Open access
Free access
D. A. Cherian
,
Y. Guo
, and
F. O. Bryan

Abstract

We assess the representation of mesoscale stirring in a suite of models against an estimate derived from microstructure data collected during the North Atlantic Tracer Release Experiment (NATRE). We draw heavily from the approximate temperature variance budget framework of Ferrari and Polzin. This framework assumes two sources of temperature variance away from boundaries: first, the vertical stirring of the large-scale mean vertical gradient by small-scale turbulence; and second, the lateral stirring of large-scale mean along-isopycnal gradients by mesoscale eddies. Temperature variance so produced is transformed and on average transferred down scales for ultimate dissipation at the microscale at a rate χ estimated using microstructure observations. Ocean models represent these pathways by a vertical mixing parameterization, and an along-isopycnal lateral mixing parameterization (if needed). We assess the rate of variance production by the latter as a residual from the NATRE dataset and compare against the parameterized representations in a suite of model simulations. We find that variance production due to lateral stirring in a Parallel Ocean Program version 2 (POP2) 1/10° simulation agrees well, to within the estimated error bars, with that inferred from the NATRE estimate. A POP2 1° simulation and the Estimating the Circulation and Climate of the Ocean Version 4 release 4 (ECCOV4r4) simulation appear to dissipate an order of magnitude too much variance by applying a lateral diffusivity, when compared to the NATRE estimate, particularly below 1250 m. The ECCOV4r4-adjusted lateral diffusivities are elevated where the microstructure suggests elevated χ sourced from mesoscale stirring. Such elevated values are absent in other diffusivity estimates suggesting the possibility of compensating errors and caution in interpreting ECCOV4r4’s adjusted lateral diffusivities.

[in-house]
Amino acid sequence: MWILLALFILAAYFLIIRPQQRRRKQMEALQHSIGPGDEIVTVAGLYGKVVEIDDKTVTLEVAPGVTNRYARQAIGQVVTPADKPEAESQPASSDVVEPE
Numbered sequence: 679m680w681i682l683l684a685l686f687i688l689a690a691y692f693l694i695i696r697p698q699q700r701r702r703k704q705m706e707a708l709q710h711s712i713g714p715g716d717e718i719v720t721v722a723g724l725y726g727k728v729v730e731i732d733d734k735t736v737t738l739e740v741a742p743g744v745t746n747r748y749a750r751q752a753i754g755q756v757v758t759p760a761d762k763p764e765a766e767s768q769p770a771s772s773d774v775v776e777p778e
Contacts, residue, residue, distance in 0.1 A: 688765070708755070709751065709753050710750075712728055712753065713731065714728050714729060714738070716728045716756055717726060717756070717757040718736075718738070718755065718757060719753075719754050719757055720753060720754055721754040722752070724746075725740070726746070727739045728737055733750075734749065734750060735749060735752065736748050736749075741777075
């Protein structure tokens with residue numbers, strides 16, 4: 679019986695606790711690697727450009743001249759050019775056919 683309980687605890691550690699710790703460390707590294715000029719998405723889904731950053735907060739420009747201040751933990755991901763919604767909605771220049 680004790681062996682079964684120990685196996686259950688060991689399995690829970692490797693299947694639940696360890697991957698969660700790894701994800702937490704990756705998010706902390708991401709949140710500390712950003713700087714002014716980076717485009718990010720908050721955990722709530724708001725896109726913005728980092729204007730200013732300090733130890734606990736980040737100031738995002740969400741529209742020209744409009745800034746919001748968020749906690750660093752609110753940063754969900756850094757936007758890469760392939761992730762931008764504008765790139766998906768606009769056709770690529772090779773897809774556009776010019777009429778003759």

Significance Statement

We look at whether microstructure turbulence observations can provide a useful metric for judging the fidelity of representation of mesoscale stirring in a suite of models. We focus on the region of the North Atlantic Tracer Release Experiment (NATRE), the site of a major ocean turbulence observation campaign, and use an approximate variance budget framework for the region with observational estimates from Ferrari and Polzin (2005). The approach provides a novel framework to evaluate the approximate representation of mesoscale stirring in a variety of models.

Open access
Peiran Yang
,
Zhao Jing
,
Haiyuan Yang
, and
Lixin Wu

Abstract